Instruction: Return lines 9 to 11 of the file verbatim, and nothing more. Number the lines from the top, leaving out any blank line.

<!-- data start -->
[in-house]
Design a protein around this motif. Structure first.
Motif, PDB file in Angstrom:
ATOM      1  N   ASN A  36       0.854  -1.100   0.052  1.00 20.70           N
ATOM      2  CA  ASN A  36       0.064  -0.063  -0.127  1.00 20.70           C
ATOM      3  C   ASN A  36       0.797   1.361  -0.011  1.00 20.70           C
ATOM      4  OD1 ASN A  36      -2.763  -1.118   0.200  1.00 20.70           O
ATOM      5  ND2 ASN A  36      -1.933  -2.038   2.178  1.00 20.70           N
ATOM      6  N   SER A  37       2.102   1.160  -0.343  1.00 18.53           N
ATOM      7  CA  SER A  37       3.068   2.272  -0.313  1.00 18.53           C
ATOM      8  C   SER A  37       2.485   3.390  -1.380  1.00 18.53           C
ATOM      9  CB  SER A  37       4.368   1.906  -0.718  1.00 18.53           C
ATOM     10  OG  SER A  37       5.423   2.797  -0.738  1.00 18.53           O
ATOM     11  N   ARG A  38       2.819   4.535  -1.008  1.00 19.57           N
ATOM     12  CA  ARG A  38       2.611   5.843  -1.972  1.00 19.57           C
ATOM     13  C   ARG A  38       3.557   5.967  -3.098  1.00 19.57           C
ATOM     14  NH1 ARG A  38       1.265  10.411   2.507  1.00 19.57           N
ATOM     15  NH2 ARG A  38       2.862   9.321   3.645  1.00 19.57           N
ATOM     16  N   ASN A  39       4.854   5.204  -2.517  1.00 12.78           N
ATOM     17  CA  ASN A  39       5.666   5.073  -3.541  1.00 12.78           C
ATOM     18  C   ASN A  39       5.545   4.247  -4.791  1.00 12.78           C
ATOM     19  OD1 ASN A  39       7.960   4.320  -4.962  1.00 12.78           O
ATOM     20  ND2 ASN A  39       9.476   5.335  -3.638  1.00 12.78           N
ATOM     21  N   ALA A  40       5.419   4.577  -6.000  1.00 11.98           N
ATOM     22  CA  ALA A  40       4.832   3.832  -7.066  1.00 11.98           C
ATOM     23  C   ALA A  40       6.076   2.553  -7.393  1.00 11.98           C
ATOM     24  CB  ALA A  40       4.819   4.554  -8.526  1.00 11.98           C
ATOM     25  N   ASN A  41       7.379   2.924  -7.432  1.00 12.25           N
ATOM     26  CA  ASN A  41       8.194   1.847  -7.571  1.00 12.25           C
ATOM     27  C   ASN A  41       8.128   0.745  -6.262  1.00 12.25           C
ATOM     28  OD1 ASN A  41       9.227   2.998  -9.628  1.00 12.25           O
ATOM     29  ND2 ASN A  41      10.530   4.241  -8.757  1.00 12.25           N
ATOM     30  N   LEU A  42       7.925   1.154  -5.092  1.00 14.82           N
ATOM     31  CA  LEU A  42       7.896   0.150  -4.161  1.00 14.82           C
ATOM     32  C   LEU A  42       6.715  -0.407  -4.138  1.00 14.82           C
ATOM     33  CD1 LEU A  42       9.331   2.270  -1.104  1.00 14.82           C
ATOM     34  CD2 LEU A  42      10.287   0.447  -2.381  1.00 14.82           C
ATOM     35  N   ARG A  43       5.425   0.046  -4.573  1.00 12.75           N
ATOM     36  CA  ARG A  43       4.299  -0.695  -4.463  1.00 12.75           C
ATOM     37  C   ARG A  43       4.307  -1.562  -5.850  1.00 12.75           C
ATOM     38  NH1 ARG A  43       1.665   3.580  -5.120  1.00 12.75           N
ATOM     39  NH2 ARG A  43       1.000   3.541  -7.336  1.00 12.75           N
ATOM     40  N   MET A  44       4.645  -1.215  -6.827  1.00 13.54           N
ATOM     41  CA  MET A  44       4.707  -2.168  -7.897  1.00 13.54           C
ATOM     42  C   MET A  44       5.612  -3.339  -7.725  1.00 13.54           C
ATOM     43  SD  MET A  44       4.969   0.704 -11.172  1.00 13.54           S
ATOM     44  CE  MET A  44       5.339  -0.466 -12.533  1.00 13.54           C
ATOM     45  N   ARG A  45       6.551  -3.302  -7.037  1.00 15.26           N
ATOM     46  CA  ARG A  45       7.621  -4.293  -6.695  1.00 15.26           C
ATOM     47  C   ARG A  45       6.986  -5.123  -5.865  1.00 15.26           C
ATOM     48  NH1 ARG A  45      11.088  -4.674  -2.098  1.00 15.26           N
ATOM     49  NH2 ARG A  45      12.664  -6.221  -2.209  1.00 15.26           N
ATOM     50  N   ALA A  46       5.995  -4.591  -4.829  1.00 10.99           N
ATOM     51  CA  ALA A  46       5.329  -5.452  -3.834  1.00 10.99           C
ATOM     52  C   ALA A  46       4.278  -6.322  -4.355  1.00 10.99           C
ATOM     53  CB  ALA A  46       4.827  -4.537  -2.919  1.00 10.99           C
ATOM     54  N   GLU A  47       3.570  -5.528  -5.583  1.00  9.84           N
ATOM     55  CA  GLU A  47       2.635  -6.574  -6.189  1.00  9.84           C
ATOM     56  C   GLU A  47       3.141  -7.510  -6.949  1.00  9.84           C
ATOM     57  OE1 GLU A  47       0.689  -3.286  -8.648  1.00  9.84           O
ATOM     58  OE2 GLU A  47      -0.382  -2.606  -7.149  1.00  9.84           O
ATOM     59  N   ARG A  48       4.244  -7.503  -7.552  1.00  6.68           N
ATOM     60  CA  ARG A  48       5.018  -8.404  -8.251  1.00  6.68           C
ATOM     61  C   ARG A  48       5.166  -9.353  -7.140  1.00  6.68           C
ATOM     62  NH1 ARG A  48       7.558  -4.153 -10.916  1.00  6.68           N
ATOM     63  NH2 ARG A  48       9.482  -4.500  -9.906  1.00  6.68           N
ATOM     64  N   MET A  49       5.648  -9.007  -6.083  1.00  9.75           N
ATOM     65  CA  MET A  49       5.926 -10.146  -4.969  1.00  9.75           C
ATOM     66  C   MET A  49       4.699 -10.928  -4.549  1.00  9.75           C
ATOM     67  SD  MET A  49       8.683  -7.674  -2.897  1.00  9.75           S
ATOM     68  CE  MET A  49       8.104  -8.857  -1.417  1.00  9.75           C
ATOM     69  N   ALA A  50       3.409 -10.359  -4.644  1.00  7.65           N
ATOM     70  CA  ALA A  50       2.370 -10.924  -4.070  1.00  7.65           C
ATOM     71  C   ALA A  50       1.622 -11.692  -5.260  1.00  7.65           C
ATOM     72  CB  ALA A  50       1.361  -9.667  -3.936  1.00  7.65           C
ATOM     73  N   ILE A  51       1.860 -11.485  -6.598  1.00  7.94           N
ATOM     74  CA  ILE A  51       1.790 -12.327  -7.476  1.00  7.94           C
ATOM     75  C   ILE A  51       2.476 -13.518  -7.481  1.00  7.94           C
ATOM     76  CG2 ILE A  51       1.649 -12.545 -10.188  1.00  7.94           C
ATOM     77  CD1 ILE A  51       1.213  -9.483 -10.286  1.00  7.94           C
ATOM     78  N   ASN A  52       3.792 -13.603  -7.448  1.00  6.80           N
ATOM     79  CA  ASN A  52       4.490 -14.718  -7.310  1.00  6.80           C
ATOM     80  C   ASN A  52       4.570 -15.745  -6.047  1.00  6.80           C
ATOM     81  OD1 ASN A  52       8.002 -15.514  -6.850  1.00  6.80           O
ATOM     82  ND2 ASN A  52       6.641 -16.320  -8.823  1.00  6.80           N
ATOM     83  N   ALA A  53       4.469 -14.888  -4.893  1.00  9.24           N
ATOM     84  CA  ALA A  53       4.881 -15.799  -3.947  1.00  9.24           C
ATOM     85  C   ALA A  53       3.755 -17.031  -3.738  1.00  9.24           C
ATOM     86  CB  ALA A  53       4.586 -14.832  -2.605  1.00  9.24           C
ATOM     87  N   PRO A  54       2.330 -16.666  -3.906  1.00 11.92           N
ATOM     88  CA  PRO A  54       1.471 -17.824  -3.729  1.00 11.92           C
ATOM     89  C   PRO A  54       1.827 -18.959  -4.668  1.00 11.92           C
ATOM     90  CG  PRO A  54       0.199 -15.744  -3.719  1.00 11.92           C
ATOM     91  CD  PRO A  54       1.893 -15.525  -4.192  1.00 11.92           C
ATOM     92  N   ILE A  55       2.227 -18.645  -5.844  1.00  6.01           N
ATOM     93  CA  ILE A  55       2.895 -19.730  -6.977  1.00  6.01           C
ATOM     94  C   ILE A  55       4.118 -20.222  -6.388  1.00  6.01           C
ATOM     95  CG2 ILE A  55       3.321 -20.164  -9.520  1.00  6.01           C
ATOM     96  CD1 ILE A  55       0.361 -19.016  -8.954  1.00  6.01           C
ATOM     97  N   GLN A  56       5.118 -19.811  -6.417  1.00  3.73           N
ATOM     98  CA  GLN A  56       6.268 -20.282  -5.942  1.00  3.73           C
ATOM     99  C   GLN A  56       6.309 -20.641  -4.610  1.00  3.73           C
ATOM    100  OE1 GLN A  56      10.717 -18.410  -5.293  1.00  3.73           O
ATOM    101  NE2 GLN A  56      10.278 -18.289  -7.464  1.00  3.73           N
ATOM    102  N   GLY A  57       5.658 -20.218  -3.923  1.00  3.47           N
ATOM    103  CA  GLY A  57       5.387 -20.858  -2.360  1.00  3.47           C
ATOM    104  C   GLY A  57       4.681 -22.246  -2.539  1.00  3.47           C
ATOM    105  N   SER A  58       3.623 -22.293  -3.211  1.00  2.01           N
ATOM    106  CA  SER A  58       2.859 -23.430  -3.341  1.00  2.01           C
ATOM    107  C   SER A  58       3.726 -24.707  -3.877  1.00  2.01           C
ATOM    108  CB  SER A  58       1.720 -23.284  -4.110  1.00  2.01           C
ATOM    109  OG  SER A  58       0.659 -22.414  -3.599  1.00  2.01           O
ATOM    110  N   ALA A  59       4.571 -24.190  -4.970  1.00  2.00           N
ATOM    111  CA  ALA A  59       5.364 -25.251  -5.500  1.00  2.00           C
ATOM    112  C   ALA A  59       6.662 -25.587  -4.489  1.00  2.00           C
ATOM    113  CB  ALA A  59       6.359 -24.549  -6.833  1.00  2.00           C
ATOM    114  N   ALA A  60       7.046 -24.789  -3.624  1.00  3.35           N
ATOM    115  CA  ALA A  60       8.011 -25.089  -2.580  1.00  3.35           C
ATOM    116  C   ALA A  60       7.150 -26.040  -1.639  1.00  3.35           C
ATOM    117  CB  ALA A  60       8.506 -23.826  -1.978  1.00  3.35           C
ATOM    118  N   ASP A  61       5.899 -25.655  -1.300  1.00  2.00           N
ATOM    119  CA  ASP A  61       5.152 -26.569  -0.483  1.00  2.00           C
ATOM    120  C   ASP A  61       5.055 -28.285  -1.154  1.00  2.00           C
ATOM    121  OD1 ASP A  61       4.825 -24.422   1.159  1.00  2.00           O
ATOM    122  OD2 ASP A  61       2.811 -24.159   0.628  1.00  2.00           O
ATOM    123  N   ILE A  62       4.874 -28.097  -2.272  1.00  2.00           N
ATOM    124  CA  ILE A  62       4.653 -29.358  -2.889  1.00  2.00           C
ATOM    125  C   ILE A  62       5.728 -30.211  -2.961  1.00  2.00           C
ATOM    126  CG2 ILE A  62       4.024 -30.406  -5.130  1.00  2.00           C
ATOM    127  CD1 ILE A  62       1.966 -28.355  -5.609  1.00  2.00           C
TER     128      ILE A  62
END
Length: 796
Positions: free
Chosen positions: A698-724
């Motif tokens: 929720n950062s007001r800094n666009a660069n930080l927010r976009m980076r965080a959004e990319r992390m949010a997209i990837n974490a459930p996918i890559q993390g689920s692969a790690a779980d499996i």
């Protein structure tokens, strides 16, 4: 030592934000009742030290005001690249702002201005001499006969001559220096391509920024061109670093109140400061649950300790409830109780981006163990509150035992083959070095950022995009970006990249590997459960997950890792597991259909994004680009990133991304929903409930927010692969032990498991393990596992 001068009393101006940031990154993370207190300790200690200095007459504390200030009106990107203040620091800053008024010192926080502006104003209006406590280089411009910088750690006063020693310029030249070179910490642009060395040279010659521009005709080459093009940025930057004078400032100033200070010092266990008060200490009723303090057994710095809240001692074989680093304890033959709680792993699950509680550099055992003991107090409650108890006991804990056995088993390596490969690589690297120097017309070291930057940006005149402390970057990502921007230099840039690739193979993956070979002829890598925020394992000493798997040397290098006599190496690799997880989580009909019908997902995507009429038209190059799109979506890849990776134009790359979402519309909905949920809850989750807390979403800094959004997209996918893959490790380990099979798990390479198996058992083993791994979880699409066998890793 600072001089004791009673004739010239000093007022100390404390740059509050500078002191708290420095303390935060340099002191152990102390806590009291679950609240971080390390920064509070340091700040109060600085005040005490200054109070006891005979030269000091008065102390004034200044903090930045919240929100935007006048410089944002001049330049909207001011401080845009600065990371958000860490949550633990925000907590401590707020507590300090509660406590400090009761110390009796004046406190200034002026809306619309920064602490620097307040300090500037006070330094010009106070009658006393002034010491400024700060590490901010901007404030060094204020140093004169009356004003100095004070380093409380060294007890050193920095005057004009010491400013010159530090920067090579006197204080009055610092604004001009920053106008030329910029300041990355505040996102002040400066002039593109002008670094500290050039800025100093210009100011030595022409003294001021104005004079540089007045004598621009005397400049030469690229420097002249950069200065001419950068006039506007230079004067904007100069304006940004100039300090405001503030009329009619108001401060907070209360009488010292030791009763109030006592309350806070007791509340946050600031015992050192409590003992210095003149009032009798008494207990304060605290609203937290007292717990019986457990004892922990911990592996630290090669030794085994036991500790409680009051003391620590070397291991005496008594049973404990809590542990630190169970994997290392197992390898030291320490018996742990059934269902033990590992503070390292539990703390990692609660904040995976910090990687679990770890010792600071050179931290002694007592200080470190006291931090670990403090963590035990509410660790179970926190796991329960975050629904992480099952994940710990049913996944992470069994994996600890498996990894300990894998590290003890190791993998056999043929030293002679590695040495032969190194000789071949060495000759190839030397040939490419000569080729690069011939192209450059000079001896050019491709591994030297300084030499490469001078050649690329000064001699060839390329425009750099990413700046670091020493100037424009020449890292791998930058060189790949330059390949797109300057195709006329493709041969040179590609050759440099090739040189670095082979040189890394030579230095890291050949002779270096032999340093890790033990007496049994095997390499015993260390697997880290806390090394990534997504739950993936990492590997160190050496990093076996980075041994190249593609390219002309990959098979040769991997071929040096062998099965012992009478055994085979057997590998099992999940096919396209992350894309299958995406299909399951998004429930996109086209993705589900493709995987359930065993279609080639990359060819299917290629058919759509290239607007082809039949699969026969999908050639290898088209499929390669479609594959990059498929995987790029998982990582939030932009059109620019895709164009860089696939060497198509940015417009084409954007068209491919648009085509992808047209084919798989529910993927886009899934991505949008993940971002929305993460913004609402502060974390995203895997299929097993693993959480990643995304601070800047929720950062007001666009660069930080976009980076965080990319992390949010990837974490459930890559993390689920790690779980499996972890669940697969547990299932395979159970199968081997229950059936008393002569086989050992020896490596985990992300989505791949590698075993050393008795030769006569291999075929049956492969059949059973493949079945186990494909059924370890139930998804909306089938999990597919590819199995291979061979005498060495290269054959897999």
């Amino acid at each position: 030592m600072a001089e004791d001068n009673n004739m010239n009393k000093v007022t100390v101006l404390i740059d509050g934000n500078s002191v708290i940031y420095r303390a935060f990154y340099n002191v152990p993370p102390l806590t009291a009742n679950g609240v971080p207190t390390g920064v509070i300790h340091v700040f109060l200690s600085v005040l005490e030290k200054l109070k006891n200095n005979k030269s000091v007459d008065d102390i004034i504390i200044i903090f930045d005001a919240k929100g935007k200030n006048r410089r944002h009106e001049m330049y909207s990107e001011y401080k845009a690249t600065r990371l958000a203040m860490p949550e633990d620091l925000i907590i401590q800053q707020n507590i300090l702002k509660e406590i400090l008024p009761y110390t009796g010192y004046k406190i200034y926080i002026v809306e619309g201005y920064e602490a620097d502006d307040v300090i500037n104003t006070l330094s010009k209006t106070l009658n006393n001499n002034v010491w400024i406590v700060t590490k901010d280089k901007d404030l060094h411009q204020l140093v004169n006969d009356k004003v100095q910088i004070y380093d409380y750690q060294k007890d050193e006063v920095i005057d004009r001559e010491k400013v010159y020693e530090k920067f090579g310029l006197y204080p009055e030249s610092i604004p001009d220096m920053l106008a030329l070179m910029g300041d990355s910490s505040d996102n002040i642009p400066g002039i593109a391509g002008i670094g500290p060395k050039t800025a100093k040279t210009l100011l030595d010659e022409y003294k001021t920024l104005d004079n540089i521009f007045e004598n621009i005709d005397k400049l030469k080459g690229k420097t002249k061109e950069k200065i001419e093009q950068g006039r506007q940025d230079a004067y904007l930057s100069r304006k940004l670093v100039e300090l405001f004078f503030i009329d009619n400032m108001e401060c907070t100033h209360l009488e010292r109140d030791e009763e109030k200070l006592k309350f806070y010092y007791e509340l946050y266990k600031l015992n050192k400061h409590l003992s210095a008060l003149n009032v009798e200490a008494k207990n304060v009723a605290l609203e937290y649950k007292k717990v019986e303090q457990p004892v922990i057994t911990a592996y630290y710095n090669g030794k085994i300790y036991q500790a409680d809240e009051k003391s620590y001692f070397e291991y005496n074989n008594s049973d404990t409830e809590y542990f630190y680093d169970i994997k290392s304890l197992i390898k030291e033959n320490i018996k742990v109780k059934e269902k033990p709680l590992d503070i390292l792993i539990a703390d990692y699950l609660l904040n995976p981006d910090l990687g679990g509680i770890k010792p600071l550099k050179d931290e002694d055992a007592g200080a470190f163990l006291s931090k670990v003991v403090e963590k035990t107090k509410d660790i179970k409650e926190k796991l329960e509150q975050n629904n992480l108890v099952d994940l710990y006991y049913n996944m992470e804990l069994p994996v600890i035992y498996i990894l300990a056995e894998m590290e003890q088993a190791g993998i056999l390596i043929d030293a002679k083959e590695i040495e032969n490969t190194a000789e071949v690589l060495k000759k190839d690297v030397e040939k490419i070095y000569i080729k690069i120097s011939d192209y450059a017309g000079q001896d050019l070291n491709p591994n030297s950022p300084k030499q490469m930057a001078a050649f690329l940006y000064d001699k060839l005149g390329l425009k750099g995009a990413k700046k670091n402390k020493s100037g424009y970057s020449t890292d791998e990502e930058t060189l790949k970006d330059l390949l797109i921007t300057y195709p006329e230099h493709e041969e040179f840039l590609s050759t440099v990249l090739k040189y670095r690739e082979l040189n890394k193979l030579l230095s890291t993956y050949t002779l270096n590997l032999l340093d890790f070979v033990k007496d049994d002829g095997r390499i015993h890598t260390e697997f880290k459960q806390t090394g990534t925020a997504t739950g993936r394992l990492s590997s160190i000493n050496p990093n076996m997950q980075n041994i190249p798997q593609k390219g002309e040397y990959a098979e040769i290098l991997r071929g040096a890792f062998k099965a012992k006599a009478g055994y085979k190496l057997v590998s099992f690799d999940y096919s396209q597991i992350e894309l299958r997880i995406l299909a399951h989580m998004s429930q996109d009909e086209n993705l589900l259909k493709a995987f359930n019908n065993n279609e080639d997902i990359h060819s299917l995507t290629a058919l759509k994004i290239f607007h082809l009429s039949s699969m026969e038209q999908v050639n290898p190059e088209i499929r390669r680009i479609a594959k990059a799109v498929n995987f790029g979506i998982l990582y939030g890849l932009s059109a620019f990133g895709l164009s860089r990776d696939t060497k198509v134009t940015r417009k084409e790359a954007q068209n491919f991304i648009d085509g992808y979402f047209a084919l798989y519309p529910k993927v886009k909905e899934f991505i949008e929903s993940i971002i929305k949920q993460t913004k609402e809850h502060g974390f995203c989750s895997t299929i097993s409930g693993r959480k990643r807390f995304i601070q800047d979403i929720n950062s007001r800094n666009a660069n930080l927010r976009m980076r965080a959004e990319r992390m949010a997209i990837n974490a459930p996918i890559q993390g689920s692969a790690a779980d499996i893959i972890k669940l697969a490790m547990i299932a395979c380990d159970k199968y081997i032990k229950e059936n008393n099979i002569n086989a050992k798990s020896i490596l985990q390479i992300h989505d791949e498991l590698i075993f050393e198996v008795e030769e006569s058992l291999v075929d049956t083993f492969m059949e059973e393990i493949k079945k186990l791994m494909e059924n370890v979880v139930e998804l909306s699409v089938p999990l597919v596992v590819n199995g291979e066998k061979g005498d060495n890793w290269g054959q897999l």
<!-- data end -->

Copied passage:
ATOM      6  N   SER A  37       2.102   1.160  -0.343  1.00 18.53           N
ATOM      7  CA  SER A  37       3.068   2.272  -0.313  1.00 18.53           C
ATOM      8  C   SER A  37       2.485   3.390  -1.380  1.00 18.53           C